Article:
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Design of the formulation for therapeutic proteins – How to improve stability of drugs during freezing and in the dried state


*Corresponding author 
Department of Applied Science and Technology, Politecnico di Torino, Torino, Italy


In the present work, the design of an appropriate formulation for biopharmaceuticals is discussed. Some advice on the choice of suitable excipients will be provided, with a focus on the freezing and drying processes. The basic scientific background on the subject will be combined with the latest results obtained by means of Molecular Dynamics, a powerful computational approach for the investigation of molecular-scale phenomena. The commercial potential of these discoveries will be discussed, and some hints on the future possible research trends in this field will be provided, as well.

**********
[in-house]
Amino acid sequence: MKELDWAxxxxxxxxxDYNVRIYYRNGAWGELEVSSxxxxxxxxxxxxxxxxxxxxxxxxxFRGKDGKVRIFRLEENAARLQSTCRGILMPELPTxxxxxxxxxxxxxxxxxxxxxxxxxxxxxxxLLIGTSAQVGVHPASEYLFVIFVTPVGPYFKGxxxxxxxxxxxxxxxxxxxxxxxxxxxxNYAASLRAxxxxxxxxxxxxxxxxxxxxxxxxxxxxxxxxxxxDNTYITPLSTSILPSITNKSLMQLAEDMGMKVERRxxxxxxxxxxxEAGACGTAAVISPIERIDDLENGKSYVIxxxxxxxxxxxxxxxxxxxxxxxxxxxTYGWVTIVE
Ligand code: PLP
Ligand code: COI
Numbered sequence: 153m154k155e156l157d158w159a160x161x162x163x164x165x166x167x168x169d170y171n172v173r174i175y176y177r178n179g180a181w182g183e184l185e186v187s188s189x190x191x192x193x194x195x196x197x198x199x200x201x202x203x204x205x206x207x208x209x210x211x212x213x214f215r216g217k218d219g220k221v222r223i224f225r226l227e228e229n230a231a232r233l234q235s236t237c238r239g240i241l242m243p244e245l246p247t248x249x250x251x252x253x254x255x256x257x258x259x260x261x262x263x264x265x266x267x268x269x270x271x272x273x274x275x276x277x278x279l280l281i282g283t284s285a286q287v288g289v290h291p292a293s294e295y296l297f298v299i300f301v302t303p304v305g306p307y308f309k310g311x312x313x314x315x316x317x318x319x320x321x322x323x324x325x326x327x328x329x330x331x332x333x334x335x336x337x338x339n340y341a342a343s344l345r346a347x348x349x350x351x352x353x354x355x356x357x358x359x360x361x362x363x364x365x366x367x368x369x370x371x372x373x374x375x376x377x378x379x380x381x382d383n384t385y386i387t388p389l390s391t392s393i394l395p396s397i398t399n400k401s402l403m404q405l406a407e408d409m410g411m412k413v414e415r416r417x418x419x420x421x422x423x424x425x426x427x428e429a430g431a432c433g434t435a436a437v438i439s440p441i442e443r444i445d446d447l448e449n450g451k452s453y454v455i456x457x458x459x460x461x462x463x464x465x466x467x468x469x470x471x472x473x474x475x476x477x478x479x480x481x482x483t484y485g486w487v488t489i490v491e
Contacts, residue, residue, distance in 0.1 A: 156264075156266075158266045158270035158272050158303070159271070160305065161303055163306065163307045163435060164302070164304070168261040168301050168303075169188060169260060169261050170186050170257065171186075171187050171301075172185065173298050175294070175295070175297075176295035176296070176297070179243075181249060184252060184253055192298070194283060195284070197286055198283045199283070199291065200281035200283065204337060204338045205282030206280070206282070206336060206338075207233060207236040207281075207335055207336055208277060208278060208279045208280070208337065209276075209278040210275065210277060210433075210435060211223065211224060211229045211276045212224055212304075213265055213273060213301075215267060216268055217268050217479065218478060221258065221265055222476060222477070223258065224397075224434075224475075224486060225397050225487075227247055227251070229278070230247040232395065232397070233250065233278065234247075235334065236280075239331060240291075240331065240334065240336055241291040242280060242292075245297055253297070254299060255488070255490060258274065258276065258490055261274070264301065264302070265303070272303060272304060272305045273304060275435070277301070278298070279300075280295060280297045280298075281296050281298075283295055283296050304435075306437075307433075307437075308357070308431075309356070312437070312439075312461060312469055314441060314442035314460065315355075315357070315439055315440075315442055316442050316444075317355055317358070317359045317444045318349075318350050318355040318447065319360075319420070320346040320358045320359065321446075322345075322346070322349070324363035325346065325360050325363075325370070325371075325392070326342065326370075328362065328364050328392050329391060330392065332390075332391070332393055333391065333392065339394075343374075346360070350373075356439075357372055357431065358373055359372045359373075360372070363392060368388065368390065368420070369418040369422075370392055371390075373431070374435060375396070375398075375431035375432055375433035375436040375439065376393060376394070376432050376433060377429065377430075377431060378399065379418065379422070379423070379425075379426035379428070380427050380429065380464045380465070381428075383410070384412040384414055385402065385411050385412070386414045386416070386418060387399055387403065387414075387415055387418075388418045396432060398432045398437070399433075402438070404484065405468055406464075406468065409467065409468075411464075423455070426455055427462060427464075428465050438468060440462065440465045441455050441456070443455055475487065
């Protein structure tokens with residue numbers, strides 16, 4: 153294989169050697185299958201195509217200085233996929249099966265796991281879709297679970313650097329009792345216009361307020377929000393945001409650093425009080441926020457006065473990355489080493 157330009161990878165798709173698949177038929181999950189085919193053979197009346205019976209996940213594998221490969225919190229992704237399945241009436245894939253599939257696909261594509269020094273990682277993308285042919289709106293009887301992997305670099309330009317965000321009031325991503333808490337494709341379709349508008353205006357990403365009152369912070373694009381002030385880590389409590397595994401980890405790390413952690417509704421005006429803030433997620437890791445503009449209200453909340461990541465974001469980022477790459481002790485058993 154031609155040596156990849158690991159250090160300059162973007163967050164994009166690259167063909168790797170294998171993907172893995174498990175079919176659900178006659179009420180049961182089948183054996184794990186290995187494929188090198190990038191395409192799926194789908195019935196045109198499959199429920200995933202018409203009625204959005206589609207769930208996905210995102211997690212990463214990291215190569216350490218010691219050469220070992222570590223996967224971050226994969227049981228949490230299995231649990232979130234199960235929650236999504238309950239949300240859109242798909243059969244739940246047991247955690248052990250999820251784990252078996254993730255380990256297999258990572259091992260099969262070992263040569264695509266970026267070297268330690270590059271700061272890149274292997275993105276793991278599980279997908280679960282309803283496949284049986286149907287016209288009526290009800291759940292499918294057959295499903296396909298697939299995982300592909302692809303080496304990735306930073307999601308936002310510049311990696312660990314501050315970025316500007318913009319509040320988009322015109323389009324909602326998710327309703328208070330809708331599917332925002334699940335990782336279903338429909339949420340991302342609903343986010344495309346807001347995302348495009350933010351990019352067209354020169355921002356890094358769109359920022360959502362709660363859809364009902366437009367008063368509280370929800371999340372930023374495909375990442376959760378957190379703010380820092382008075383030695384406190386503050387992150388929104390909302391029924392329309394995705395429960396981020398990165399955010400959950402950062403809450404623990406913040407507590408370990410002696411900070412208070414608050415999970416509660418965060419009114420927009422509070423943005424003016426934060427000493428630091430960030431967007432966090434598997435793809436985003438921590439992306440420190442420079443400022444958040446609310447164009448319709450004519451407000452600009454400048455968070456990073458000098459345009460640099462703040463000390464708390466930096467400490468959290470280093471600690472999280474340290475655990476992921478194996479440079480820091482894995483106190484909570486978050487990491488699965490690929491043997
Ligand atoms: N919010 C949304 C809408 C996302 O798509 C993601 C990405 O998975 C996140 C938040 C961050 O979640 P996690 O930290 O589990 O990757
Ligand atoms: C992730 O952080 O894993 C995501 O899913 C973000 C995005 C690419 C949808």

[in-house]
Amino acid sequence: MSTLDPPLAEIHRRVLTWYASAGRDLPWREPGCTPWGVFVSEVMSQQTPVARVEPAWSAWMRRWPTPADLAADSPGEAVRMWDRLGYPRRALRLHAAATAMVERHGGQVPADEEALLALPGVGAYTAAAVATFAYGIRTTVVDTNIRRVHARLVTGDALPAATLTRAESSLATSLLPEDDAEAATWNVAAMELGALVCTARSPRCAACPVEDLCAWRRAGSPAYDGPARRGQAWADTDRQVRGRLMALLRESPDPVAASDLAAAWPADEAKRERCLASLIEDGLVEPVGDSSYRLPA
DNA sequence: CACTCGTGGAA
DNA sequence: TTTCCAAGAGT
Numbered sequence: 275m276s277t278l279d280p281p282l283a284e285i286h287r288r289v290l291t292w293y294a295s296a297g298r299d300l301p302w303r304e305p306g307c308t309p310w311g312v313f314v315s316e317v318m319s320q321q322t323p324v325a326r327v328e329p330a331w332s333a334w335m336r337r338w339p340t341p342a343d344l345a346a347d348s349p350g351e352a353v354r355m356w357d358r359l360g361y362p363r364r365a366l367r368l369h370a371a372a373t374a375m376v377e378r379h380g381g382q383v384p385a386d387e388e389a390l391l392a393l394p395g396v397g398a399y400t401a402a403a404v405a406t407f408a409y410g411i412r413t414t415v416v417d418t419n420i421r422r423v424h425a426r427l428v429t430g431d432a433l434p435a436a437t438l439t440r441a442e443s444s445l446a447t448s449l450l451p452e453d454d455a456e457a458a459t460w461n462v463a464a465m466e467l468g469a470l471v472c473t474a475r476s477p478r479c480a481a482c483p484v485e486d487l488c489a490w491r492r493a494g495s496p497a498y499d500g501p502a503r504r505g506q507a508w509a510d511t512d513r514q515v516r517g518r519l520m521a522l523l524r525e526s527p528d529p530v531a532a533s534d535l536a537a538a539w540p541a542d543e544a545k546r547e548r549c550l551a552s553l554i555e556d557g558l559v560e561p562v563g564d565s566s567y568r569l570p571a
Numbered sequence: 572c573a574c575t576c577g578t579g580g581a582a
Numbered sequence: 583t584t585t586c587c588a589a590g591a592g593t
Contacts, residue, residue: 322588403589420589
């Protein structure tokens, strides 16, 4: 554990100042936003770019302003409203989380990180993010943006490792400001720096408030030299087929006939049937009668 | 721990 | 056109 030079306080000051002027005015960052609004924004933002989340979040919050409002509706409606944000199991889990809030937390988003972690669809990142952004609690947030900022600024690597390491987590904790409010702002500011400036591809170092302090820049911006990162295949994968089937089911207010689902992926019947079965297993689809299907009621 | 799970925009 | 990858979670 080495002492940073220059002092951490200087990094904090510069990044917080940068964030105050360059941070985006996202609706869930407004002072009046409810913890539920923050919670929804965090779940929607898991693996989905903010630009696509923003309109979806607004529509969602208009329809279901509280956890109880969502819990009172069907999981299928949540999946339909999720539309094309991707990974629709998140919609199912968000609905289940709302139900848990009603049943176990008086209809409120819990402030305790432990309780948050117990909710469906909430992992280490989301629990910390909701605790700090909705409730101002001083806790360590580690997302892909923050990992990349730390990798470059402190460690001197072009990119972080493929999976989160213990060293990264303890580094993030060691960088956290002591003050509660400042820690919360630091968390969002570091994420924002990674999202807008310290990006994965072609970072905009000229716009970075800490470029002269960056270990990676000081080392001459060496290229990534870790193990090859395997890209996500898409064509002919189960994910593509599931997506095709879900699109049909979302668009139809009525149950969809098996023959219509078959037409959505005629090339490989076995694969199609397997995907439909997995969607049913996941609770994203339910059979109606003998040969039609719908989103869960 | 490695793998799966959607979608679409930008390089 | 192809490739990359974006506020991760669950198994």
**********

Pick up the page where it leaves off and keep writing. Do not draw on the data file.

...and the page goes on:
Therapeutic proteins, or biopharmaceuticals, play a fundamental role in the treatment of an increasing number of diseases. However, the long-term preservation of protein-based drugs represents an issue for pharmaceutical companies, due to the low stability of protein molecules. Two techniques which are commonly used for increasing the shelf life of biopharmaceuticals are freezing and drying, sometimes combined in the lyophilisation process. It is well-known, however, that both freezing and drying produce stresses which may result in a significant loss of activity of biopharmaceuticals (1). During freezing, denaturation may arise as consequence of pH shifts (2), cryoconcentration, phase-separation (3), adsorption onto the ice-water interface (4) or the low temperature used (5). By contrast, removal of the hydration shell surrounding the protein surface is the main cause of protein unfolding in the dried state (6). It is therefore clear that an appropriate formulation must be added to prevent, or at least minimize, an undesired loss of activity. Bulk stabilization is generally provided by sugars, polyols or amino acids. Regardless of thei ...


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